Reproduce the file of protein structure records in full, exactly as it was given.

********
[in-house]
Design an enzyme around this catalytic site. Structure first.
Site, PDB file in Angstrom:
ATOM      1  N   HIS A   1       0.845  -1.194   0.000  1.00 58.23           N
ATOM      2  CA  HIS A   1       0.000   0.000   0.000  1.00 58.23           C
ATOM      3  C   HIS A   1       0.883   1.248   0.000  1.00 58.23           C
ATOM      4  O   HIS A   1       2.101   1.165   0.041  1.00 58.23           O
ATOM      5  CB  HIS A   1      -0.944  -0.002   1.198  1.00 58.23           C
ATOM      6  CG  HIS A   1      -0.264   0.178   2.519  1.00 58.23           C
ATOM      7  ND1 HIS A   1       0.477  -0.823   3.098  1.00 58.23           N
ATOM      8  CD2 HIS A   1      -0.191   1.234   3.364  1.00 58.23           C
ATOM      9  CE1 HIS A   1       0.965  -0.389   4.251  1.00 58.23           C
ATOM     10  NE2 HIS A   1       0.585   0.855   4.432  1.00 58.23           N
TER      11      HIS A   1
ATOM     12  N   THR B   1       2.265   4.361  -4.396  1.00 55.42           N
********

[in-house]
Design an enzyme around this catalytic site. Structure first.
Site, PDB file in Angstrom:
ATOM      1  N   HIS A   1       0.845  -1.194   0.000  1.00 58.23           N
ATOM      2  CA  HIS A   1       0.000   0.000   0.000  1.00 58.23           C
ATOM      3  C   HIS A   1       0.883   1.248   0.000  1.00 58.23           C
ATOM      4  O   HIS A   1       2.101   1.165   0.041  1.00 58.23           O
ATOM      5  CB  HIS A   1      -0.944  -0.002   1.198  1.00 58.23           C
ATOM      6  CG  HIS A   1      -0.264   0.178   2.519  1.00 58.23           C
ATOM      7  ND1 HIS A   1       0.477  -0.823   3.098  1.00 58.23           N
ATOM      8  CD2 HIS A   1      -0.191   1.234   3.364  1.00 58.23           C
ATOM      9  CE1 HIS A   1       0.965  -0.389   4.251  1.00 58.23           C
ATOM     10  NE2 HIS A   1       0.585   0.855   4.432  1.00 58.23           N
TER      11      HIS A   1
ATOM     12  N   THR B   1       2.265   4.361  -4.396  1.00 55.42           N